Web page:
All The Buzz About Coronation Street: Spoilers and lockdown episodes

All About Coronation Street

In the era of streaming giants, soap opera’s are holding on their own. Coronation Street is the longest-running soap opera in the UK. The show was first broadcasted on 9th December, 1960 and has been ruling over the hearts since.

Coronation Street (also known as Corrie) was developed by Tony Warren. It is tuned as a kitchen sink drama serial about the household lives of the working class in Coronation Street in the fictional town of Weatherfield in Salford. The show has been produced by Granada Television since 1960 and is one of the most high-rated shows in the UK.

Coronation Street is a blend of drama and humour usually throwing light on the social issues which have been in our societies since a long period of time. Recently it was announced by ITV that the show is returning for shooting starting 9th June which means the show will premiere in July with around 3 shows per week.

Background Of Coronation Street:

Coronation Street was developed by Tony Warren. The show was a result of a desire by Granada(production company) to produce a television drama set in England, as they were obliged by a contract to employ regional actors and production staff.

The storyline illustrated the lives of working-class community leading unspectacular lives. Tony wrote the first twelve episodes and he created all the original characters, including Ken Barlow, Ena Sharples, Elsie Tanner and Annie Walker.

Even though the show received a mixed response from critics and less support from Granada, yet it was a hit among viewers. The viewers were captivated by the normalcy of the series and the characters that showed the characters speaking the local dialect and accent. This fascinated them as using the local accent was rare during those days on television.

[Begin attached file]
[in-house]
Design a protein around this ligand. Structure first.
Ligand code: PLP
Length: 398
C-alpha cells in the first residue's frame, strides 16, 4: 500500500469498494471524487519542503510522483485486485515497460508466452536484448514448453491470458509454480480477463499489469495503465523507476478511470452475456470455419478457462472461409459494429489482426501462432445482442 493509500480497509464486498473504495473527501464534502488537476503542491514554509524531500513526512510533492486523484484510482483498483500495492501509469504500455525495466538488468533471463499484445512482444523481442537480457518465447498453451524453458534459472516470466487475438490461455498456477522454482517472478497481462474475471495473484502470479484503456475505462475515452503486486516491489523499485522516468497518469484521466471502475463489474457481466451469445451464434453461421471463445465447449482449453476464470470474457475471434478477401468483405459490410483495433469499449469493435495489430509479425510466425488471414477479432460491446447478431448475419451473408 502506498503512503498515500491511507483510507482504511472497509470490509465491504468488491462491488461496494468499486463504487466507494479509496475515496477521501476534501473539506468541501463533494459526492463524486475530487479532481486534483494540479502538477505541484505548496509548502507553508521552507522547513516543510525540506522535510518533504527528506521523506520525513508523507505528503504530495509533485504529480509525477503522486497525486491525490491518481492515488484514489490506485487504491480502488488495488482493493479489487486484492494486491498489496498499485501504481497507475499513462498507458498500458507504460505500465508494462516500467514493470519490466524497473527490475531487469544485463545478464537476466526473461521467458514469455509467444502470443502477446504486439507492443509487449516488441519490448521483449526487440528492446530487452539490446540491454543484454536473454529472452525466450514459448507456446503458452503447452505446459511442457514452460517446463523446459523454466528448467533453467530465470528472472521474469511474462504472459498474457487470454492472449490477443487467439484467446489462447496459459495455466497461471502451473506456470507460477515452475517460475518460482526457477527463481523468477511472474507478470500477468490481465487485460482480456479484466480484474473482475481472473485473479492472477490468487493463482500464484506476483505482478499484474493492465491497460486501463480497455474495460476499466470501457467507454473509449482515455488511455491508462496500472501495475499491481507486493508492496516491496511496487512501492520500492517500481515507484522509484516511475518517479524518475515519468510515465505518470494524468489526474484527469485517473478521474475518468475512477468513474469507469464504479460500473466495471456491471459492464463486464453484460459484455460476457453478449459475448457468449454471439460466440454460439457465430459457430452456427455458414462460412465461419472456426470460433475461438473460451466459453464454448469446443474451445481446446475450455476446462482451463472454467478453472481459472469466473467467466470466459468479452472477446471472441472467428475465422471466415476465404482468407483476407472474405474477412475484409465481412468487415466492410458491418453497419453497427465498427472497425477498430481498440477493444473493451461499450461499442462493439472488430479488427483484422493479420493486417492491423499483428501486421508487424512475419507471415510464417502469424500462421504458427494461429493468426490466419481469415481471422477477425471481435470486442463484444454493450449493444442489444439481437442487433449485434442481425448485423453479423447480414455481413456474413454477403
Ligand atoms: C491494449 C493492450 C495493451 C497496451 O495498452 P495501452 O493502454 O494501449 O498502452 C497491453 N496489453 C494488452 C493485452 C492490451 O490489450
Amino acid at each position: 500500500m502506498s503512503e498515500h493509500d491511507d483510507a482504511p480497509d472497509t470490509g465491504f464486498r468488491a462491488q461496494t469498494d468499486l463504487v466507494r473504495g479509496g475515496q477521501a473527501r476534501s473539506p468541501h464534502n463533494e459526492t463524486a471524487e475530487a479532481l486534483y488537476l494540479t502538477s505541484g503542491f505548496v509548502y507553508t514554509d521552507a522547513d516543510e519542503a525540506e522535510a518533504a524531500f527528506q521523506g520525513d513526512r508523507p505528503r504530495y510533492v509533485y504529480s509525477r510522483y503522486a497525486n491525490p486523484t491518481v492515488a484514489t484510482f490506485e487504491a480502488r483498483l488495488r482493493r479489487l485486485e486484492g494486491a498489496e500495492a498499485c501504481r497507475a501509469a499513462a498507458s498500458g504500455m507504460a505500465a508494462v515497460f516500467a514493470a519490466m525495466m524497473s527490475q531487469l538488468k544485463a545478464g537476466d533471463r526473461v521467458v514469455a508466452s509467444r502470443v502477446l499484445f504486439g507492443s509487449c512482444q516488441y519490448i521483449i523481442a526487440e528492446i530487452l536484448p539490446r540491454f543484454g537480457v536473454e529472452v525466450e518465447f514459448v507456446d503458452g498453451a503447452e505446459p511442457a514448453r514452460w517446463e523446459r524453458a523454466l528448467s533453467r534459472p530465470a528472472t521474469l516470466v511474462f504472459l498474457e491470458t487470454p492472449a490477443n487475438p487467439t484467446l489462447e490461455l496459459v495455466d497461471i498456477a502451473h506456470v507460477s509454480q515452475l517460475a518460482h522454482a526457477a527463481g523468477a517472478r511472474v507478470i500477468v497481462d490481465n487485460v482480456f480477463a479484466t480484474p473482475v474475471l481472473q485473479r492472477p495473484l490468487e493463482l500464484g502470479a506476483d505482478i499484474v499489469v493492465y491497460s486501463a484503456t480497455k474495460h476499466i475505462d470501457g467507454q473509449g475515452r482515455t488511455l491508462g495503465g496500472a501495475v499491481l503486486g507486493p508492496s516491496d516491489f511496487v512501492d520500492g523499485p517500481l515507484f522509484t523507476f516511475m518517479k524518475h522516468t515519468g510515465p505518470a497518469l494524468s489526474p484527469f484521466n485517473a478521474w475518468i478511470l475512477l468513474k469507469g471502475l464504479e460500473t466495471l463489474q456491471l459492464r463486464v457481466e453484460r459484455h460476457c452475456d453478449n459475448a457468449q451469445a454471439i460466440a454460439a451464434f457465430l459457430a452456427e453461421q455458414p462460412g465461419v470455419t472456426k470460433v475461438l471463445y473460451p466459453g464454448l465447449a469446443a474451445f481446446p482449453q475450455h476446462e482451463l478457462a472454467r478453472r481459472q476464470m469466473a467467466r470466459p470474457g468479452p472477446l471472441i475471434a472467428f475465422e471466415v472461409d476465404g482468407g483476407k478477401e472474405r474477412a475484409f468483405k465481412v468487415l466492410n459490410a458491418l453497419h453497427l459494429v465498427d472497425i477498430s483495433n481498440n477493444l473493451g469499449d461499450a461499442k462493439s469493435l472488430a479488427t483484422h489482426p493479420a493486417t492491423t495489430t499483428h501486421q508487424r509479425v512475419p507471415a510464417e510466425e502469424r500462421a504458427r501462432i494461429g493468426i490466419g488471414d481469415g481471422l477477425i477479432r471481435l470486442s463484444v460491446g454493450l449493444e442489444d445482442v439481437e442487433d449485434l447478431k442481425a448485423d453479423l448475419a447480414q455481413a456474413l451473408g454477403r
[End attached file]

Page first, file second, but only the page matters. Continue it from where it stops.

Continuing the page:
As the programme’s popularity grew, more ITV regions started broadcasting Coronation Street.

The journey of sixty years, together with changing characters and competition from other soaps and web series hasn’t led the ratings and viewership down and it still tops the rating often.

Cast of Coronation Street: 

The cast for the latest season will see a huge change since the actors above the age of 70 won’t be allowed on set due to the ongoing pandemic. 

According to sources, the spokesperson from ITV said that the crew and cast will be taking full precautions. From sanitising to social distancing, everything will be taken care off to avoid the spread or contact of coronavirus.

There are many actors who will be leaving the soap-opera while many will be joining new and some of them will be returning, so here is the list of all the cast…

Cast members leaving

  • William Roache(Ken Barlow)
  • Stirling Gallacher(Paula Martin)
  • James Burrows(Ali Neeson)
  • Lucy Fallon(Bethany Platt)
  • Lottie Henshall(Jade Rowan)
  • Beverley Callard(Liz McDonald)

Cast members joining:

  • Paul Copley (Arthur Medwin)
  • Kel Allen (Claire, Kelly’s mum)
  • Tony Maudsley ( Archie Shuttleworth’s son)
  • Tom Roberts (Scott Emberton)

Cast members returning:

  • Julia Goulding(Shona Platt)
  • Ruxandra Porojnicu(Alina Pop)
  • Malcolm Hebden(Norris Cole)
  • Jane Hazelgrove(Bernie Winter)
  • Brooke Vincent(Sophie Webster)

Coronation Street spoilers:

We all hate spoilers, but apparently sometimes spoilers increase our interests in a particular episode and gives an idea what’s about to hit us.

Here are some of the spoilers that you can see in the upcoming episodes:

  • Geoff’s escort secret is revealed.
  • Shona tries to adjust to Weatherfield.
  • Asha stands her ground.
  • Alarm bells ring for Gary.

These were few of the spoilers headlines for the week of June 1. For the upcoming spoilers stay tuned to our website.

The whole world is going suffering from the global pandemic, so we will only get to see three episodes per week instead of six episodes per week. This decision was taken due to the restrictions implied after the country went into lockdown on 23rd March. So, you might be a little disappointed but something’s better than nothing. 

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